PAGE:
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Health And Safety Gift Ideas

Here are a few possibilities for health-and safety-promoting gifts that won’t break your budget. Most of these ideas are from $10 to $20.

Food thermometer: These internal temperature-measuring devices are easy to use and don’t take up a lot of drawer space. Only five per cent of cooks regularly use a thermometer, although many people use their thermometer during holiday dinners. However, food safety experts encourage the everyday use of thermometers because colour is not an accurate indicator of doneness.

Pedometer: These step-counting devices are powerful motivators as people set goals to increase their physical activity. According to a recent Stanford University study, participants who set a goal walked 2,000 steps (one mile) more than before they set a goal. If you want to enhance your gift to a friend with an MP3 player, buy your friend or family member a gift card for “tunes” to download and listen to while he or she walks.

Healthy meal/snack kit or a “meal IOU”: Try creating your own healthy snack/meal baskets. For example, tuck a jar of chunky salsa, baked chips, bottled 100 per cent juice and some disposable cups and napkins in a reusable plastic bowl or basket. How about a soup, bread and fruit basket? As another option, treat your friends to the promise of a home-cooked, healthy meal on a mutually agreeable date.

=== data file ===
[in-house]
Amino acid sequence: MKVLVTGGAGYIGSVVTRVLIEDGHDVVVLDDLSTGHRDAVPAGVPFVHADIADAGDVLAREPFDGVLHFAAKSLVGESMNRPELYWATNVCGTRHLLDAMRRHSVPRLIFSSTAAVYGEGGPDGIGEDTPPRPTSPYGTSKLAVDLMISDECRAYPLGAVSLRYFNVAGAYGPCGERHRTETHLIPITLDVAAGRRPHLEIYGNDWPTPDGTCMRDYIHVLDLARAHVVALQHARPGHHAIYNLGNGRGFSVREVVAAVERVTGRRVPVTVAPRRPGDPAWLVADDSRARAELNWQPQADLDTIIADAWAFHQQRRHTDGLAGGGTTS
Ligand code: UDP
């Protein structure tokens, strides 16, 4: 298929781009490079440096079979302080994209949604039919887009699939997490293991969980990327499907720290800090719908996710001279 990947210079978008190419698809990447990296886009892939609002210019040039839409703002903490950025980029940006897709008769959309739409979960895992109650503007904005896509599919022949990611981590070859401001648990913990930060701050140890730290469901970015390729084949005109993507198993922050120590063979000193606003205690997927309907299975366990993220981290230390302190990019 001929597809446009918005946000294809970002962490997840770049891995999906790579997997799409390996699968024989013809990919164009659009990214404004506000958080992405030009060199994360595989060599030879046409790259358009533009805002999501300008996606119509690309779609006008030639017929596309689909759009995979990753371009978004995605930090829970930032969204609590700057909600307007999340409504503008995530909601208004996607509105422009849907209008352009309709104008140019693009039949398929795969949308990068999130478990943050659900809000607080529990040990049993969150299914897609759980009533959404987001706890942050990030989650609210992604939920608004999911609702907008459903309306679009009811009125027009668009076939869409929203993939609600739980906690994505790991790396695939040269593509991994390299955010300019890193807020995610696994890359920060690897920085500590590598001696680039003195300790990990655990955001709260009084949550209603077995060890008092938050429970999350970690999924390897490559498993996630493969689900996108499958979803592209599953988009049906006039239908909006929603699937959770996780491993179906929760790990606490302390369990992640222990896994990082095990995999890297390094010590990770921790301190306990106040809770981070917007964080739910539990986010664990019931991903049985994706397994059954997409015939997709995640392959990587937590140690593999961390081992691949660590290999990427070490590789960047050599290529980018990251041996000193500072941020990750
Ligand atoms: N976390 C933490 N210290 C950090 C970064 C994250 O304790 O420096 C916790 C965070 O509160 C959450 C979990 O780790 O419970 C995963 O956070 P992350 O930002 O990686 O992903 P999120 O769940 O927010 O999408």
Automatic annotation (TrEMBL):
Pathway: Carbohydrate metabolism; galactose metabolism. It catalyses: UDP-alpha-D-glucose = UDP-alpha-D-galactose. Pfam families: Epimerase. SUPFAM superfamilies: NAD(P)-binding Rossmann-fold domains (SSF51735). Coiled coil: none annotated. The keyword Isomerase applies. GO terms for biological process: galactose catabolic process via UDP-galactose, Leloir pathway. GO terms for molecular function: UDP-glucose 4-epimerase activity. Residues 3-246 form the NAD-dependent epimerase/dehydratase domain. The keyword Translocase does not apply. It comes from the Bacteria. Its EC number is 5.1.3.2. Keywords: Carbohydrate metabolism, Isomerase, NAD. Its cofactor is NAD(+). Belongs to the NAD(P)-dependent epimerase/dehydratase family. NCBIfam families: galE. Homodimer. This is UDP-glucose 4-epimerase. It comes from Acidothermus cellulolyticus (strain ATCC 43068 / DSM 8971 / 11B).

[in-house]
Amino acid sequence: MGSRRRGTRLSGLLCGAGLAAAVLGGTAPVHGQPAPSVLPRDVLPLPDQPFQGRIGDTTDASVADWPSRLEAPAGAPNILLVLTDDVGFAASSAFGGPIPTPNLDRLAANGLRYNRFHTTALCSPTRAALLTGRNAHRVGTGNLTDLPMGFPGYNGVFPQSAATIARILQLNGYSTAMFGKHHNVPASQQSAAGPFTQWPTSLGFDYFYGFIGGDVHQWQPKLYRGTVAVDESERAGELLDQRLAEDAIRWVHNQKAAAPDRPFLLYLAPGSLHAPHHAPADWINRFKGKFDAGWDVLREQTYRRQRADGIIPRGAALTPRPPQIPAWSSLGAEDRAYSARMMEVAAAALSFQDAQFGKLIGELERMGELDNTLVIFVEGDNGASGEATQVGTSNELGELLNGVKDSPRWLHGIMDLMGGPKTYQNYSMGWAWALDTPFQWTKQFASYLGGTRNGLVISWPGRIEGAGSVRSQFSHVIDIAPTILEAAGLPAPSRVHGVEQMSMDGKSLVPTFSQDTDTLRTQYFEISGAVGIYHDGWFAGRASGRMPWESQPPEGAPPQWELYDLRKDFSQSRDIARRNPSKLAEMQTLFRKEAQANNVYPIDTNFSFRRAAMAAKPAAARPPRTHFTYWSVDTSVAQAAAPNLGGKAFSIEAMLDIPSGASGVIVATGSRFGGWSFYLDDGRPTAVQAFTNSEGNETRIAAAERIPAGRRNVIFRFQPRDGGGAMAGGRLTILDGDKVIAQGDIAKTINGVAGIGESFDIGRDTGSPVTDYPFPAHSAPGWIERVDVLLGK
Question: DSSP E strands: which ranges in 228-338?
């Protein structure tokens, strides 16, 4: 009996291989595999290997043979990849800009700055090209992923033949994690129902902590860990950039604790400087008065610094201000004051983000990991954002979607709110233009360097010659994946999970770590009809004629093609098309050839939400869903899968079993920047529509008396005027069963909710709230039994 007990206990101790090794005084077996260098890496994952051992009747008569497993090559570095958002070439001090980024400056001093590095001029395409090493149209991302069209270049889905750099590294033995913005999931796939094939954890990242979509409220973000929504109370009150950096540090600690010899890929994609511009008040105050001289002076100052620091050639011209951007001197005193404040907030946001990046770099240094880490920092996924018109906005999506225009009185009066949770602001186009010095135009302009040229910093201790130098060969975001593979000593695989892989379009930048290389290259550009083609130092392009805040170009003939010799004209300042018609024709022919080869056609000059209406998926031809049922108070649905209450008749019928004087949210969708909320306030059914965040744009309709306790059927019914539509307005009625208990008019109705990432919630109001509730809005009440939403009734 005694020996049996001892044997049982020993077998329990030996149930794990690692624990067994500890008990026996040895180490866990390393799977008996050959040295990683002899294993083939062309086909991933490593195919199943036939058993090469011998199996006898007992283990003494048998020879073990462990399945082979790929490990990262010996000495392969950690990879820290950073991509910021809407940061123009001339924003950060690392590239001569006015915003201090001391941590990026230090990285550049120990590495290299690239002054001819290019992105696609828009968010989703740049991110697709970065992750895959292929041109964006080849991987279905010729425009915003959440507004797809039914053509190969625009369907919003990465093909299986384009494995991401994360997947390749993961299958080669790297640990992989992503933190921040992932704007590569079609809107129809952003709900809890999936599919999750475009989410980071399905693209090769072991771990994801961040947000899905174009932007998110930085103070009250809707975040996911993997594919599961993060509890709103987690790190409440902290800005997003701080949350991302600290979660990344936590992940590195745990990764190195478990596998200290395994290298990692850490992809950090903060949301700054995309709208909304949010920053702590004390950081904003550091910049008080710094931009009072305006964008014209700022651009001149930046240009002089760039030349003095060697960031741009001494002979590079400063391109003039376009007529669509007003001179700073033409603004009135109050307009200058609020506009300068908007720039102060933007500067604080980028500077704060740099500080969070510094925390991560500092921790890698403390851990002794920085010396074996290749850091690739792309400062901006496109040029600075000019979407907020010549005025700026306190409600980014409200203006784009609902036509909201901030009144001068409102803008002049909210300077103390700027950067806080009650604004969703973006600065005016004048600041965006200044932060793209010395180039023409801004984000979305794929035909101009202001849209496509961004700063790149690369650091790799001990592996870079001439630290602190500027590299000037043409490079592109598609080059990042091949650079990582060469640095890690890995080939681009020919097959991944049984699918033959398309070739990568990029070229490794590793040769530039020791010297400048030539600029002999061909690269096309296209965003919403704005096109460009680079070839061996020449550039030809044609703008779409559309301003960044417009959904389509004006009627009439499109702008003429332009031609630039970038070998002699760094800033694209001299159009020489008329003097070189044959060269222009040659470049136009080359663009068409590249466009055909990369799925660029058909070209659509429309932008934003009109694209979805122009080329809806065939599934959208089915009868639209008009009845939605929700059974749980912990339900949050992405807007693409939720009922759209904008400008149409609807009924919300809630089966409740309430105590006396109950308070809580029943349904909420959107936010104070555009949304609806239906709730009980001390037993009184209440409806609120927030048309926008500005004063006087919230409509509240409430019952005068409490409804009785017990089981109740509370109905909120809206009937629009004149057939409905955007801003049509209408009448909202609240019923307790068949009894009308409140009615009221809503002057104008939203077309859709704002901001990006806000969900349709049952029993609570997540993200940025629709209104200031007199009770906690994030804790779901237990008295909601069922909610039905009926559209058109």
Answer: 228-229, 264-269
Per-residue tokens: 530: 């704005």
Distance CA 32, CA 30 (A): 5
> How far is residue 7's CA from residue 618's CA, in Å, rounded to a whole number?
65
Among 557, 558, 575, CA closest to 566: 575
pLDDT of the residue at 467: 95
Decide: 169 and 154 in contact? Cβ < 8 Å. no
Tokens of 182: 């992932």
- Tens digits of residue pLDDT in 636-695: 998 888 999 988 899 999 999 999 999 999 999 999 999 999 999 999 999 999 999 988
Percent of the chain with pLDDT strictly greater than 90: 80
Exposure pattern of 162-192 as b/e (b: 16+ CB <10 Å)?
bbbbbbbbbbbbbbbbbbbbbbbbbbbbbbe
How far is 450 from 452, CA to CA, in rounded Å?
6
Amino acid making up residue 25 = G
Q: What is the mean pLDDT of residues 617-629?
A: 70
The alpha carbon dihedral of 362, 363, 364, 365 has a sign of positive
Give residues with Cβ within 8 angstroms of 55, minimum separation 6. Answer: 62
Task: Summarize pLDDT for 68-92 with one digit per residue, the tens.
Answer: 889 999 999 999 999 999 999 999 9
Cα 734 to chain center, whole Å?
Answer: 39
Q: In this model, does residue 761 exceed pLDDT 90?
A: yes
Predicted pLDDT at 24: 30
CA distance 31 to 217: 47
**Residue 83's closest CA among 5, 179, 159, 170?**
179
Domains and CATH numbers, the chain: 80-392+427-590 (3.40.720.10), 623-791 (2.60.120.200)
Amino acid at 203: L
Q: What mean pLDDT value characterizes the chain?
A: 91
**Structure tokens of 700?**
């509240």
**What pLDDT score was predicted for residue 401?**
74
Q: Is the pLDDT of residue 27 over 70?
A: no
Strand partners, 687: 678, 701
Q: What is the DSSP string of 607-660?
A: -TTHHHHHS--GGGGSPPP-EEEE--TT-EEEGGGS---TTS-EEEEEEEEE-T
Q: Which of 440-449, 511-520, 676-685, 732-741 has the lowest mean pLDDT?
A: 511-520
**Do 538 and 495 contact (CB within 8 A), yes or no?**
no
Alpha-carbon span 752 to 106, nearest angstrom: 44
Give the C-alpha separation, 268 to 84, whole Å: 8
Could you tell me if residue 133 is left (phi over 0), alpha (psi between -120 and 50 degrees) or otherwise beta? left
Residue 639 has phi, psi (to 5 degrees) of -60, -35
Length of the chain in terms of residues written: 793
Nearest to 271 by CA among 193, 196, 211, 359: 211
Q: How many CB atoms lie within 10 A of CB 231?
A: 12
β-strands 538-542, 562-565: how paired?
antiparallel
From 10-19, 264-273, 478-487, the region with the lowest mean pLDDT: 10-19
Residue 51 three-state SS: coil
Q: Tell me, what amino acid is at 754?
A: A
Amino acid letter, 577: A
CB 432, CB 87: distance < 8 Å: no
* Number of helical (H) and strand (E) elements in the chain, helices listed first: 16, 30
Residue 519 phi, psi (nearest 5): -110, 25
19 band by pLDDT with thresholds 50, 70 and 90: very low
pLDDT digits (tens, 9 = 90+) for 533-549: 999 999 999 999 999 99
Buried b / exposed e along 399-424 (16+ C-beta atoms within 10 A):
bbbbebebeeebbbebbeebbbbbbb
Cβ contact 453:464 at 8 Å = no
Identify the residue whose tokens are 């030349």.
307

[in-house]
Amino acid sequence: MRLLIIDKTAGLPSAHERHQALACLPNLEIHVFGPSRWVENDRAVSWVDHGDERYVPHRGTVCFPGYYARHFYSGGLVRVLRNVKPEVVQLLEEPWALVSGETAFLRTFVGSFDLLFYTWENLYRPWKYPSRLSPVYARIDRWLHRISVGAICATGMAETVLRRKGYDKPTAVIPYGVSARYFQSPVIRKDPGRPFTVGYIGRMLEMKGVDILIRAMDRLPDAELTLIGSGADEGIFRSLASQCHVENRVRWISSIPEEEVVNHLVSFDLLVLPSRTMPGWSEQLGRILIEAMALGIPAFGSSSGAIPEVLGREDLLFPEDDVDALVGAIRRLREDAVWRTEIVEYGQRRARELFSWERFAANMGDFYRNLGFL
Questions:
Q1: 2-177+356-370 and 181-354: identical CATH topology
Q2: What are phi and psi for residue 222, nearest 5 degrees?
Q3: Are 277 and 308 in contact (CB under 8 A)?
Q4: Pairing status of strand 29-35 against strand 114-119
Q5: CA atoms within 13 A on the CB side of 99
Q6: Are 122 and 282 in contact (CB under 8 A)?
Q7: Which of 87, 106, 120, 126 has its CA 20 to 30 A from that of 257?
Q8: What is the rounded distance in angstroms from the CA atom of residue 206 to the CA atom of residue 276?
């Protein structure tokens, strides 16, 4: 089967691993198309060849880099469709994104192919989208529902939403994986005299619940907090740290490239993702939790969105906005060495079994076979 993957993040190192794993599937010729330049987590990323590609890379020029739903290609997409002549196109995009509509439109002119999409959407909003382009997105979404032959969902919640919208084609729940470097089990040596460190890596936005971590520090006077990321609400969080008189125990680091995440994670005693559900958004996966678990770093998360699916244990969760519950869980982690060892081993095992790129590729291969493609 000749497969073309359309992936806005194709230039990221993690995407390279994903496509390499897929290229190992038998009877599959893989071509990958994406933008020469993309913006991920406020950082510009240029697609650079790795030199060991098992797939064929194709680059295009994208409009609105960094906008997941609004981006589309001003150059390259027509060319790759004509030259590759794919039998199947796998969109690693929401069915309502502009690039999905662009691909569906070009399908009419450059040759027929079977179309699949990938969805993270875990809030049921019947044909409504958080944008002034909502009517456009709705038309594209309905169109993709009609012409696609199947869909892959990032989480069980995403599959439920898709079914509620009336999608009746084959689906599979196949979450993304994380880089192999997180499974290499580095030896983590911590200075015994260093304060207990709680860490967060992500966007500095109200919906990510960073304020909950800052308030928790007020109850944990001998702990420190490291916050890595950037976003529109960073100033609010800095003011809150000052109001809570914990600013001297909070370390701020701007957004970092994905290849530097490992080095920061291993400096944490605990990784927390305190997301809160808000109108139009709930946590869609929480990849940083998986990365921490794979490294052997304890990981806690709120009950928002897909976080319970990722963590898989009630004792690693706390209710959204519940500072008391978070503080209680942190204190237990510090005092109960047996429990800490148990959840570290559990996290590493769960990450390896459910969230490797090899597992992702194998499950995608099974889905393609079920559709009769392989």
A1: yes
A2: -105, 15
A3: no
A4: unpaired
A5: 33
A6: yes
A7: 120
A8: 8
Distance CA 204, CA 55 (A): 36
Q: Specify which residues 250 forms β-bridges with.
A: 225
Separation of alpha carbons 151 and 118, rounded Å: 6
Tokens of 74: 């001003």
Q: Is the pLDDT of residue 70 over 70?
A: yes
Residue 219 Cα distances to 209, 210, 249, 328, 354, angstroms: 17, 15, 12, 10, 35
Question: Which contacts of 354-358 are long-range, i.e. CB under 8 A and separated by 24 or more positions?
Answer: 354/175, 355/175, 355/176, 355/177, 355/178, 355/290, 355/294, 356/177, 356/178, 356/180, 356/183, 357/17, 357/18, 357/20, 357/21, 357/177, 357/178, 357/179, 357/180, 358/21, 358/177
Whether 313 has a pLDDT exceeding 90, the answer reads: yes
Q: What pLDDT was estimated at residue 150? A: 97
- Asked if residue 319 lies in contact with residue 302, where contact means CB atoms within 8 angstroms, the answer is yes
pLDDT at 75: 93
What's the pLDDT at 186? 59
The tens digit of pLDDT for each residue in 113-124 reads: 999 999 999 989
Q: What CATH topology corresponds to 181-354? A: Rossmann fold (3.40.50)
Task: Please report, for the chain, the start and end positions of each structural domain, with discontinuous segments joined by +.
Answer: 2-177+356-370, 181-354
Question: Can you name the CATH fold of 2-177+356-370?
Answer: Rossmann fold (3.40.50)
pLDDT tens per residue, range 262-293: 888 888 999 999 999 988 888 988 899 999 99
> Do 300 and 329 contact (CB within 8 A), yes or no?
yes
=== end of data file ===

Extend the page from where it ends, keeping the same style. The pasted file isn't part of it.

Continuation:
Storm survival kit: Winter weather sometimes is unpredictable and can result in emergency situations. Assemble an emergency kit for travellers. If your friend or family member already has one, discreetly check his or her supplies and assemble a kit with items the person needs. Be sure that winter survival kits include a windshield scraper; battery-powered radio; batteries; flashlight; snack foods such as nuts, dried fruit, jerky and trail mix; waterproof matches; and a can to melt snow for water.

– Julie Garden-Robinson is a North Dakota State University Extension Service food and nutrition specialist and associate professor in the department of health, nutrition and exercise sciences.

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Julie Garden-Robinson is a North Dakota State University Extension Service food and nutrition specialist and professor in the department of health, nutrition and exercise sciences.

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